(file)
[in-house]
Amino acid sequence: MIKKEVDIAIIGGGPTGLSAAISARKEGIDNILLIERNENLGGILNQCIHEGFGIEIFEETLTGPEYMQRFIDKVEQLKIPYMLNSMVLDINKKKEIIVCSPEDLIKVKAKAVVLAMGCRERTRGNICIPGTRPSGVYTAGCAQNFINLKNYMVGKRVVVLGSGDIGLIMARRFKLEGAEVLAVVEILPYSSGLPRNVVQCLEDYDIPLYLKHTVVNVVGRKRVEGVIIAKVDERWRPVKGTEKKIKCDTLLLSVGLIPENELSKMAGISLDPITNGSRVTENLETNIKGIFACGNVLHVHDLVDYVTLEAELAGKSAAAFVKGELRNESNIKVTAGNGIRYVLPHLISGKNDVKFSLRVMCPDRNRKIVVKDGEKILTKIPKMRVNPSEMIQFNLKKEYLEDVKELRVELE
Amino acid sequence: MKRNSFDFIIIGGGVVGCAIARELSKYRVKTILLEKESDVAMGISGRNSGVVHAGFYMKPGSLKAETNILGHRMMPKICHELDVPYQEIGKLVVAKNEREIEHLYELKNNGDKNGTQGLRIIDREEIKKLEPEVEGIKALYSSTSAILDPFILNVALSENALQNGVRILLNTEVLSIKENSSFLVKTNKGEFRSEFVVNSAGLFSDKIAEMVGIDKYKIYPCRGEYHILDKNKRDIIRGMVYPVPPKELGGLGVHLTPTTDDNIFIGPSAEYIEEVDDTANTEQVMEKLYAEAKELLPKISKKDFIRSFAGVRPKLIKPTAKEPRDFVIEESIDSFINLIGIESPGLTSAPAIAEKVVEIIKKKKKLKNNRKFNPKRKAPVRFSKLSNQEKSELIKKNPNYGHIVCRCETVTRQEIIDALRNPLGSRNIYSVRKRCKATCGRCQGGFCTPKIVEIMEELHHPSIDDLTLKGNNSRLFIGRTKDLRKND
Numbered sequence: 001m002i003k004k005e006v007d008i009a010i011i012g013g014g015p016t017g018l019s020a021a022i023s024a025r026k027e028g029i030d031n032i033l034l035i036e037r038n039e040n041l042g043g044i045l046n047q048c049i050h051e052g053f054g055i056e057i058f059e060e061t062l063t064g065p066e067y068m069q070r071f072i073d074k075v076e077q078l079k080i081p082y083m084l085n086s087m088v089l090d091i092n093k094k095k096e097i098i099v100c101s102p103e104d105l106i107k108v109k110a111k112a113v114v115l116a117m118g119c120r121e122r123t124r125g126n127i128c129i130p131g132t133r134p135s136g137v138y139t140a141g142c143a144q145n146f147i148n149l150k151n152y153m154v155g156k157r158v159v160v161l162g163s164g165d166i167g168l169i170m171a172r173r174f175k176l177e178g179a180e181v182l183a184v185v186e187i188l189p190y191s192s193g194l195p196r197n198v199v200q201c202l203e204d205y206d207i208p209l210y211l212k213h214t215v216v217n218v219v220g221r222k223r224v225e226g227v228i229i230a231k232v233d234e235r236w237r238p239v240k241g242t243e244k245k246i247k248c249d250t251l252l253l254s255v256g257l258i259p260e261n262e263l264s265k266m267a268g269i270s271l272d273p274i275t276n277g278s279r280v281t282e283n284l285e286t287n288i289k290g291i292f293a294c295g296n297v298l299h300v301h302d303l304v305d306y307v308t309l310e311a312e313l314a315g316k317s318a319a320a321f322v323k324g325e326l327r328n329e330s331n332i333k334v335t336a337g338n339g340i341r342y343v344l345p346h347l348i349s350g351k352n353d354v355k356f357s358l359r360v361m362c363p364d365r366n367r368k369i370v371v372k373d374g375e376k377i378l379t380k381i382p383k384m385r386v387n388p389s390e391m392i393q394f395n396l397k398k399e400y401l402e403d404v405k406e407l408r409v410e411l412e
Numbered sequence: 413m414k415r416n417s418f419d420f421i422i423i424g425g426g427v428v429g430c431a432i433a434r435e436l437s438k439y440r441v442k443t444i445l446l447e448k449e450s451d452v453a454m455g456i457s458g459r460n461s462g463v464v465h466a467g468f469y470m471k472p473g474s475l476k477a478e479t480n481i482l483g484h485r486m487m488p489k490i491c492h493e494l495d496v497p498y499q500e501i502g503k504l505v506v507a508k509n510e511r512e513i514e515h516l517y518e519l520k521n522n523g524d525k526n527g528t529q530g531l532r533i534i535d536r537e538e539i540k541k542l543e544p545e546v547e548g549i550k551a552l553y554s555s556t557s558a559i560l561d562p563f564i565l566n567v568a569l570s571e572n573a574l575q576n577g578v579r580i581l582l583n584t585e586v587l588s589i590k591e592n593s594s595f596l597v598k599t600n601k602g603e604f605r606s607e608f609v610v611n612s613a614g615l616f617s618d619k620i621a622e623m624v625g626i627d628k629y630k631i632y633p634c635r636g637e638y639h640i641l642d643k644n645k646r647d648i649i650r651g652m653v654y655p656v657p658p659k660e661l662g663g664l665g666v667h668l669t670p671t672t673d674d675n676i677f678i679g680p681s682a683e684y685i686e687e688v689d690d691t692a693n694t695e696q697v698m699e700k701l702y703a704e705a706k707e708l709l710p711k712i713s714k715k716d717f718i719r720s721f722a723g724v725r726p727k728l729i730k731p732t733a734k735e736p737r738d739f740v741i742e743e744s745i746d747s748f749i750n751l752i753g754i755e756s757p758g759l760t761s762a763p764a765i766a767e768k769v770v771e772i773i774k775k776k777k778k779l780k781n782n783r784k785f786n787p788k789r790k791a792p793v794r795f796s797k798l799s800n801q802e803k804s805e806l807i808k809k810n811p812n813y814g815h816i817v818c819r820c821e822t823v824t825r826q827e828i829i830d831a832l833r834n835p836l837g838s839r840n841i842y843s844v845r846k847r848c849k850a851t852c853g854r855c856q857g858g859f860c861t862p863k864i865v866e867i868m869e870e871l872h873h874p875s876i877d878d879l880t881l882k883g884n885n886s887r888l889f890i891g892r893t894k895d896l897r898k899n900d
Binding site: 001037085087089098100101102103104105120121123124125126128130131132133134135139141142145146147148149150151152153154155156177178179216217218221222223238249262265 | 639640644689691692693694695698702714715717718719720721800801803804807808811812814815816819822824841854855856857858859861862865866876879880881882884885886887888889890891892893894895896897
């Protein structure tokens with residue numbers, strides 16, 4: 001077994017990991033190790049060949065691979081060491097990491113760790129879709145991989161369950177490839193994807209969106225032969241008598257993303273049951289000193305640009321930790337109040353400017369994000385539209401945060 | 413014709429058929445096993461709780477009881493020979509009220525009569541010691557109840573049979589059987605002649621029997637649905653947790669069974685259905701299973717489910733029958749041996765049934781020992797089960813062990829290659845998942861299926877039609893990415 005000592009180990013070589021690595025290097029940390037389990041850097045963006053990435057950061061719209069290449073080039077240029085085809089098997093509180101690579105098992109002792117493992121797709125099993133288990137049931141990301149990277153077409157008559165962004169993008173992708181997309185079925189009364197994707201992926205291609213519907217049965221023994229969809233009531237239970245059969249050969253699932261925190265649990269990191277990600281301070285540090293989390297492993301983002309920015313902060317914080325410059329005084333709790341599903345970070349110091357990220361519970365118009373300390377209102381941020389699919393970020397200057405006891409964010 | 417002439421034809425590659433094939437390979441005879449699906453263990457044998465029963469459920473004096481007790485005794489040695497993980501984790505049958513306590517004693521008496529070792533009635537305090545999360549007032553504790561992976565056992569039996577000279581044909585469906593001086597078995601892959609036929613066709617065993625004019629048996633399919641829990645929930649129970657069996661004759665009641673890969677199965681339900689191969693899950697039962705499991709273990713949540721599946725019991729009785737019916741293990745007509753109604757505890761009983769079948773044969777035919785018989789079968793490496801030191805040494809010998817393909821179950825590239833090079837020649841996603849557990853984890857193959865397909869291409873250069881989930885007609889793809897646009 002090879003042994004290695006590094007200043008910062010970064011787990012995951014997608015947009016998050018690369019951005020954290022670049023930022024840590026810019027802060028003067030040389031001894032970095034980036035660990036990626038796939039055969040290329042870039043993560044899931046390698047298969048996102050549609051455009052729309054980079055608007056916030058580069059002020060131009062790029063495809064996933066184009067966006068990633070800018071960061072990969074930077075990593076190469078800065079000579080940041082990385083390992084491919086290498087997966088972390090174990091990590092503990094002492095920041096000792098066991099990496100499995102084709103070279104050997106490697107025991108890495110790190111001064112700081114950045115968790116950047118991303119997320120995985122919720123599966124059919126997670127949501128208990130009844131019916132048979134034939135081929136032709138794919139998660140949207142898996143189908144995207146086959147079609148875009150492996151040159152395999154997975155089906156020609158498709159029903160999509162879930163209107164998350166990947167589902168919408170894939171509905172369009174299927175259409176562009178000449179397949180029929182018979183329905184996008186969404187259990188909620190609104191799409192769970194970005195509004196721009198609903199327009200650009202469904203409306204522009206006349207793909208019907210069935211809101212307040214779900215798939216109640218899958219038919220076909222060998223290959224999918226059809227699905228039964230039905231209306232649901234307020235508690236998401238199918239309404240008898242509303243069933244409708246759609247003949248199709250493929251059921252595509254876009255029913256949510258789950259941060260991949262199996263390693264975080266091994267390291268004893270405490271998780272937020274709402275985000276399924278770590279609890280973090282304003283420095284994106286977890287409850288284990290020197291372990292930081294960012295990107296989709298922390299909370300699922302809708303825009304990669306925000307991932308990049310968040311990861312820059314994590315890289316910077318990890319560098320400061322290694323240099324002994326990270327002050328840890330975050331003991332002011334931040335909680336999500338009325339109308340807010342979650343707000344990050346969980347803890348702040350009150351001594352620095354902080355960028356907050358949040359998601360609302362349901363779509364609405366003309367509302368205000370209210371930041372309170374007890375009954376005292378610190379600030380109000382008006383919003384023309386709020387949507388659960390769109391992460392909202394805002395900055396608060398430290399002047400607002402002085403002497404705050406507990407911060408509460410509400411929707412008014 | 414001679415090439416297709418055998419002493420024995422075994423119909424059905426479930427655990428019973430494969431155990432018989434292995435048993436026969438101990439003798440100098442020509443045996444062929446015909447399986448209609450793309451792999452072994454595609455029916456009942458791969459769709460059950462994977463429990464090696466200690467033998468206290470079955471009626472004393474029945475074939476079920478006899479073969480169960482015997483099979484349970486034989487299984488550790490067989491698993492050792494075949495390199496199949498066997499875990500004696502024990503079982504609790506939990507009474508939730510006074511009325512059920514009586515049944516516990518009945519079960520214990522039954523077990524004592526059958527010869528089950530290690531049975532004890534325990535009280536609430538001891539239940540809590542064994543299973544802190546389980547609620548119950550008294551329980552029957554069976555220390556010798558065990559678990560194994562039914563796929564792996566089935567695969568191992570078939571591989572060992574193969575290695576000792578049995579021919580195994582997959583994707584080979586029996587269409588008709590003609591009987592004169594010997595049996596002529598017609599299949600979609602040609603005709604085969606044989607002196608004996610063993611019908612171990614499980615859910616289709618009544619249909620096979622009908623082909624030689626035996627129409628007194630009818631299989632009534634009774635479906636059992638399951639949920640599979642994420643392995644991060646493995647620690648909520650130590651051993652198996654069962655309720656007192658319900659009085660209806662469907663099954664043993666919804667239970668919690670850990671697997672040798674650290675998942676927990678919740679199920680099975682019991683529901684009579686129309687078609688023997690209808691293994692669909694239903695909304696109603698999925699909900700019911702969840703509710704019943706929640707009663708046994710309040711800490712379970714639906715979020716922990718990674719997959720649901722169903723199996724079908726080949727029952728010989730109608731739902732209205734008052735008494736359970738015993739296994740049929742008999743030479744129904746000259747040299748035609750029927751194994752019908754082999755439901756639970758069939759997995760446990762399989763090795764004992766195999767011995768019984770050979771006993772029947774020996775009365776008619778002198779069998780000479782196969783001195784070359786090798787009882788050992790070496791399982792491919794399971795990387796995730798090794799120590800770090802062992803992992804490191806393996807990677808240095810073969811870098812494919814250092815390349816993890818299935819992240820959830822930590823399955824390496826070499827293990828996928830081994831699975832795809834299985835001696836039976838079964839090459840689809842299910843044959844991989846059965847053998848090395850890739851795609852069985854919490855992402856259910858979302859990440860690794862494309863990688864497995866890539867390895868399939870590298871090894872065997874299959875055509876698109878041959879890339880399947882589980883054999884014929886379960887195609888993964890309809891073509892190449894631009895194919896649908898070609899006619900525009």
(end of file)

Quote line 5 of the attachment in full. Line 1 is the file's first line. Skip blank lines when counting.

Numbered sequence: 413m414k415r416n417s418f419d420f421i422i423i424g425g426g427v428v429g430c431a432i433a434r435e436l437s438k439y440r441v442k443t444i445l446l447e448k449e450s451d452v453a454m455g456i457s458g459r460n461s462g463v464v465h466a467g468f469y470m471k472p473g474s475l476k477a478e479t480n481i482l483g484h485r486m487m488p489k490i491c492h493e494l495d496v497p498y499q500e501i502g503k504l505v506v507a508k509n510e511r512e513i514e515h516l517y518e519l520k521n522n523g524d525k526n527g528t529q530g531l532r533i534i535d536r537e538e539i540k541k542l543e544p545e546v547e548g549i550k551a552l553y554s555s556t557s558a559i560l561d562p563f564i565l566n567v568a569l570s571e572n573a574l575q576n577g578v579r580i581l582l583n584t585e586v587l588s589i590k591e592n593s594s595f596l597v598k599t600n601k602g603e604f605r606s607e608f609v610v611n612s613a614g615l616f617s618d619k620i621a622e623m624v625g626i627d628k629y630k631i632y633p634c635r636g637e638y639h640i641l642d643k644n645k646r647d648i649i650r651g652m653v654y655p656v657p658p659k660e661l662g663g664l665g666v667h668l669t670p671t672t673d674d675n676i677f678i679g680p681s682a683e684y685i686e687e688v689d690d691t692a693n694t695e696q697v698m699e700k701l702y703a704e705a706k707e708l709l710p711k712i713s714k715k716d717f718i719r720s721f722a723g724v725r726p727k728l729i730k731p732t733a734k735e736p737r738d739f740v741i742e743e744s745i746d747s748f749i750n751l752i753g754i755e756s757p758g759l760t761s762a763p764a765i766a767e768k769v770v771e772i773i774k775k776k777k778k779l780k781n782n783r784k785f786n787p788k789r790k791a792p793v794r795f796s797k798l799s800n801q802e803k804s805e806l807i808k809k810n811p812n813y814g815h816i817v818c819r820c821e822t823v824t825r826q827e828i829i830d831a832l833r834n835p836l837g838s839r840n841i842y843s844v845r846k847r848c849k850a851t852c853g854r855c856q857g858g859f860c861t862p863k864i865v866e867i868m869e870e871l872h873h874p875s876i877d878d879l880t881l882k883g884n885n886s887r888l889f890i891g892r893t894k895d896l897r898k899n900d